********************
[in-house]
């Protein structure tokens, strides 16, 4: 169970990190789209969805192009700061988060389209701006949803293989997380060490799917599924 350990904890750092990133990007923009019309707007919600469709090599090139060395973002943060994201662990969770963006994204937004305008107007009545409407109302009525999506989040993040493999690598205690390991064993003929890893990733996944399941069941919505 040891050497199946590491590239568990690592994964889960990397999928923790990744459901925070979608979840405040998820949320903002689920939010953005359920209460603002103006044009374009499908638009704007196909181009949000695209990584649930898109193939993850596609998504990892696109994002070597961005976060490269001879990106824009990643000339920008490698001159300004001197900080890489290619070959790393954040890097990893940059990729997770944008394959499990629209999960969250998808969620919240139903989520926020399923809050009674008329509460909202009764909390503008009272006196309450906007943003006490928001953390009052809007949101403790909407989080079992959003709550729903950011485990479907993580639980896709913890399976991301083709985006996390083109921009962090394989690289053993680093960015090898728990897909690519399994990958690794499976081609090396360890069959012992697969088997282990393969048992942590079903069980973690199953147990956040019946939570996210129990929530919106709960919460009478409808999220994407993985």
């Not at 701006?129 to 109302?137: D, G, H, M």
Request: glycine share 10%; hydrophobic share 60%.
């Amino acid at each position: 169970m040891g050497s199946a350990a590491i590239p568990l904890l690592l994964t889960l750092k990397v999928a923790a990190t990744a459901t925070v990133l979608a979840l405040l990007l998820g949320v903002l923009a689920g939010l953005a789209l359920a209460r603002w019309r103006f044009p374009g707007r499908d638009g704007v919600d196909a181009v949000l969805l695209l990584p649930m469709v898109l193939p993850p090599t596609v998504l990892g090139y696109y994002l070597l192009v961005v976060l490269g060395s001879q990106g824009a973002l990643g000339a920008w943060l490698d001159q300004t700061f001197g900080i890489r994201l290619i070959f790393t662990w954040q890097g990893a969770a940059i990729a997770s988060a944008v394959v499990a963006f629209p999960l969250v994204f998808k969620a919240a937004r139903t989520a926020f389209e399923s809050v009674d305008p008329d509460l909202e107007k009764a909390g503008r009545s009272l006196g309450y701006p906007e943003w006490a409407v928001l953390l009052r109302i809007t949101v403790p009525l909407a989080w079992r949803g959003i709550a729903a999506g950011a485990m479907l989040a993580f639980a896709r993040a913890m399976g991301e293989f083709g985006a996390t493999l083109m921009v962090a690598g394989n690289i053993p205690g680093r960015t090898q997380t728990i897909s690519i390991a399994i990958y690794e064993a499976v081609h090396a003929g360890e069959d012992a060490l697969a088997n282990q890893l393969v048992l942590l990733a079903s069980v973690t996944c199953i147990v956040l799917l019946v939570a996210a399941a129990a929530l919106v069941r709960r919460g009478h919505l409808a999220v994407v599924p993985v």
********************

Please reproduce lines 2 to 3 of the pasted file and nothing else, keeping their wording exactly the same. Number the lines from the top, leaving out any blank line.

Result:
């Protein structure tokens, strides 16, 4: 169970990190789209969805192009700061988060389209701006949803293989997380060490799917599924 350990904890750092990133990007923009019309707007919600469709090599090139060395973002943060994201662990969770963006994204937004305008107007009545409407109302009525999506989040993040493999690598205690390991064993003929890893990733996944399941069941919505 040891050497199946590491590239568990690592994964889960990397999928923790990744459901925070979608979840405040998820949320903002689920939010953005359920209460603002103006044009374009499908638009704007196909181009949000695209990584649930898109193939993850596609998504990892696109994002070597961005976060490269001879990106824009990643000339920008490698001159300004001197900080890489290619070959790393954040890097990893940059990729997770944008394959499990629209999960969250998808969620919240139903989520926020399923809050009674008329509460909202009764909390503008009272006196309450906007943003006490928001953390009052809007949101403790909407989080079992959003709550729903950011485990479907993580639980896709913890399976991301083709985006996390083109921009962090394989690289053993680093960015090898728990897909690519399994990958690794499976081609090396360890069959012992697969088997282990393969048992942590079903069980973690199953147990956040019946939570996210129990929530919106709960919460009478409808999220994407993985």
């Not at 701006?129 to 109302?137: D, G, H, M």